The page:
Photo credits go to ustoday.com, letdrama.com, and sonyclassics.com.

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The Martian: Movie Man Jackson

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“Hi, I’m Mark Watney and I’m still alive… obviously.”

Space…never…cooperates. On a routine manned mission to the Red Planet, a violent storm forces a NASA crew to evacuate quickly. During the evacuation, botanist Mark Watney (Matt Damon) is separated from the rest of his crew as a result of a large piece of flying debris. The impact with which it strikes him with is believed to be fatal, and despite Commander Lewis’ (Jessica Chastain) desire to find Watney, her crew convinces her to come back to the evacuating ship.

Back on Earth, NASA is certain Watney is dead, and even announce so in a press conference. But back on Mars, he’s not exactly well, but alive. He’s becoming The Martian, using any and all of his brainpower to last long enough for the next manned mission to come to Mars. Will it work? Is it even worth the effort on NASA’s part? Can someone just find a wormhole to make things easier?

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Who says all movies in space have to be completely doom-ey and gloomy and overly heavy? Certainly not Ridley Scott. Look at The Martian and it is darn near impossible not to think about that other movie directed by Christopher Nolan. But, the two don’t really share much in common aside from NASA. Hell, The Martian hardly ever spends that much time in the actual entity of space! Whereas something like Interstellar was more rooted in the fear, resignation, and depressing aspects of the galaxy on more of a macro level, The Martian’s focus is micro, focusing on the individual and finding resolve and optimism in a trying scenario.

By no means does that mean that the movie is all happy-go-lucky. Space is still shown to be a dangerous place. But, it is also a place in where a person with a positive attitude can navigate through. By that analysis, The Martian should satisfy people who like science fiction with a little less pronounced focus on the science. The best phrase to describe it would be “audience friendly,” as stated in Mark Hobin’s review. In my opinion, it lacks a little bit of the unpredictable and thematic drama that some space exploration movies possess. Perhaps this is something that exists in the novel, but lost in translation on the silver screen.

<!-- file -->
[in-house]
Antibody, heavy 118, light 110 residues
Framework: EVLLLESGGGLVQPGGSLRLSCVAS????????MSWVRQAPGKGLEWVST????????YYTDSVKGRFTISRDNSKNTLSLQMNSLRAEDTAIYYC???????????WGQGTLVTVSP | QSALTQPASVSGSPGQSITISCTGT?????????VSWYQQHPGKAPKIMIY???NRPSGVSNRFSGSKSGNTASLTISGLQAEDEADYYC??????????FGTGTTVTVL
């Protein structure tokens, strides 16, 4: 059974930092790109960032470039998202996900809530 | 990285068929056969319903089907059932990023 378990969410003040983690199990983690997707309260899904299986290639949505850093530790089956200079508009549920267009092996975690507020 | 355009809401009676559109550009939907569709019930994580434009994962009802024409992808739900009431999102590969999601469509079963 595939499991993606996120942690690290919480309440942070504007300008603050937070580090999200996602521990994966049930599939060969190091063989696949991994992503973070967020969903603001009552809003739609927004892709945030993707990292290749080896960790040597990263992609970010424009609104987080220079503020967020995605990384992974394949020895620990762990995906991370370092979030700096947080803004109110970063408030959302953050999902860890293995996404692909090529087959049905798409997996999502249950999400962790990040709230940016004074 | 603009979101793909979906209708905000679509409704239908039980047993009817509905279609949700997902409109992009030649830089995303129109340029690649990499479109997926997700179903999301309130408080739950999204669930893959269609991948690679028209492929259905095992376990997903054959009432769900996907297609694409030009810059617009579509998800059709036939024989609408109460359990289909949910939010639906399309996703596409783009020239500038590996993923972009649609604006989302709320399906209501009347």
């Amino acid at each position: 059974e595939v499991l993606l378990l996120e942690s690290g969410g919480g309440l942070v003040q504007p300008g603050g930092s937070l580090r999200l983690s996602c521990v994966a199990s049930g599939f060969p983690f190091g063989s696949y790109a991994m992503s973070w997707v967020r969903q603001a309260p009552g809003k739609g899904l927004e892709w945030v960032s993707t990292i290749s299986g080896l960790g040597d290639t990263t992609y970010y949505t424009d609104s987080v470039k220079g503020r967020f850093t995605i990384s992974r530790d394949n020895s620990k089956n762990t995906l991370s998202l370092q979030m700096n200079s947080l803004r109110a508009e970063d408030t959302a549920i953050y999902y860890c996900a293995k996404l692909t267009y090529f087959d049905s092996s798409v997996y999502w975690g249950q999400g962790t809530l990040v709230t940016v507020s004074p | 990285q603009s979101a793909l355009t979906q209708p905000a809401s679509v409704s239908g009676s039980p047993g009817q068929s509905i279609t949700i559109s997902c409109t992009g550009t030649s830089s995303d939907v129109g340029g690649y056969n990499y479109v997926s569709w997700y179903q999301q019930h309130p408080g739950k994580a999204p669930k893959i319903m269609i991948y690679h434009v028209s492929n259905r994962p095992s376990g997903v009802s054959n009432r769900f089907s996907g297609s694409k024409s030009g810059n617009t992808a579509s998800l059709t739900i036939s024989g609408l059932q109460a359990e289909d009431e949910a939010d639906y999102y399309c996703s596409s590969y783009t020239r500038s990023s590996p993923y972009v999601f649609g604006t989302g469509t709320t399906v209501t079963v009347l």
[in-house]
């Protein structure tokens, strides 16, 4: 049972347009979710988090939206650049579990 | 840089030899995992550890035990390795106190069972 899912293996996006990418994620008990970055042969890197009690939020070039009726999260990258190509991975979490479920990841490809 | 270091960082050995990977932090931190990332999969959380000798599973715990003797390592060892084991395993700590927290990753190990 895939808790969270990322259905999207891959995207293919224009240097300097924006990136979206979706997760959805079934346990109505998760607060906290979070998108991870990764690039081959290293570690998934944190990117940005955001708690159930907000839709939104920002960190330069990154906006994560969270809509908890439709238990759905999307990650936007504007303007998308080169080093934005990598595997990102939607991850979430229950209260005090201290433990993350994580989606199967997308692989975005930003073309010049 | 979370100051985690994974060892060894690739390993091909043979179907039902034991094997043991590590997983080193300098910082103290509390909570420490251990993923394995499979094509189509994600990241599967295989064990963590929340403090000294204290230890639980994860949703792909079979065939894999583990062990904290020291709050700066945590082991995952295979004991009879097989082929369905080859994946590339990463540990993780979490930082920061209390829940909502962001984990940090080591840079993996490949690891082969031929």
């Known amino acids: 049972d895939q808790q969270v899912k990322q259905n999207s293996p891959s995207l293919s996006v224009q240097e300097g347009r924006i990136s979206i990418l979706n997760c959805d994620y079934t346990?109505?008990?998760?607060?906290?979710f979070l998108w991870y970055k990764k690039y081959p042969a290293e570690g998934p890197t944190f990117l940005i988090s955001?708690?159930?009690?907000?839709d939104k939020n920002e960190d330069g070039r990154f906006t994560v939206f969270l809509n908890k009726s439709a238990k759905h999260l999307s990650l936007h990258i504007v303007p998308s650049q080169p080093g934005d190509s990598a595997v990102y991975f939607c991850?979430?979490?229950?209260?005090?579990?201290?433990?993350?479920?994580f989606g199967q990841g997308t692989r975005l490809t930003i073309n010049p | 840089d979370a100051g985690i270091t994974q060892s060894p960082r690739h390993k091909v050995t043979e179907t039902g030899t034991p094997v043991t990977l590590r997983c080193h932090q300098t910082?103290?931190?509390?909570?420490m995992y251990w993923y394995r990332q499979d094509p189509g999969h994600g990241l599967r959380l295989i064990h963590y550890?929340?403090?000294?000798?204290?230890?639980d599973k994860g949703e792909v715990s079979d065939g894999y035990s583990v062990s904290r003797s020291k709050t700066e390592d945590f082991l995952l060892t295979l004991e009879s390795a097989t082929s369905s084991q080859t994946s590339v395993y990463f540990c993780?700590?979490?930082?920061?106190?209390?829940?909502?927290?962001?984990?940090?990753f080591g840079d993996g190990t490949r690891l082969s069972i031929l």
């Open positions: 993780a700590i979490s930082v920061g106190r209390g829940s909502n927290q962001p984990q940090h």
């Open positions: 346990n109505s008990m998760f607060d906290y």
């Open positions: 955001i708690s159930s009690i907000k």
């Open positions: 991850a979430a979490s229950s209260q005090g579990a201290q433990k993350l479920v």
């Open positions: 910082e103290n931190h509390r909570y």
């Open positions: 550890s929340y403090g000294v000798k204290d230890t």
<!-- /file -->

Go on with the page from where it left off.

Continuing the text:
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But, the real reason why Ridley Scott’s big screen adaptation of the novel works so well is the fact that there is so much fun to be had in simply watching Watney make due with anything and everything to make it another day, week, year, and years. Yours truly may be a prisoner of the recent moment, but it is hard to remember when was the last time a film had a character not only incredibly smart, but incredibly resourceful and heady.

Matt Damon does a great job of, while still being an amazingly intelligent guy, playing a man who really feel likes an everyman. He’s not brooding, but instead upbeat and hopeful. He experiences worry, but is never consumed by it. When he talks science, it is put in a way that the audience can understand, which makes him an easier guy to connect with. Though easy to see where his tale ultimately ends, it is the journey in getting there that is the real story.

Damon is clearly the sole focus and does most of the heavy lifting, but due to the mega-starpower cast assembled around him, he isn’t as alone as Watney is. Chiwetel Ejiofor can pretty much blend into any role at this point and make it notable, which he does here. Jeff Daniels starts out as a character who looks to be the basic “guy-in-a-suit” stock character, and in many respects he is, but his character is revealed to be pretty realistic and not as antagonistic as to be believed. Jessica Chastain, Michael Peña, Sebastian Stan, Kate Mara, Kristen Wiig, Aksel Hennie, Sean Bean, and Donald Glover are all notable names that may have small parts, but add to the Watney story one way or another.

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Always one to be known for some directorial flair, Scott makes his imprint here once again. The first shots on Mars are extremely photorealistic, with lighting that looks as if it were shot on the Red Planet itself. Particularly, the climax is as dizzying (in a good way) as anything in recent memory. He gets a nice assist from composer Harry Gregson-Williams, whose score snaps perfectly into the movie during comedic moments and more serious moments, never being more than it needs to be.

The genre of science fiction almost in some ways feels a little like a misnomer for The Martian. There appears to be nothing too fictional about the science, as NASA had involvement on both the novel and the film. Strip away the setting, and this story is one that could be told across many genres, and it has. But that isn’t a negative by any means. In a genre that can be so devoid of hope  and optimism, it’s a pleasant welcome for this galaxy to have it.

Grade: B+

Photo credits go to screenrant.com, maguzz.com, and mlive.com.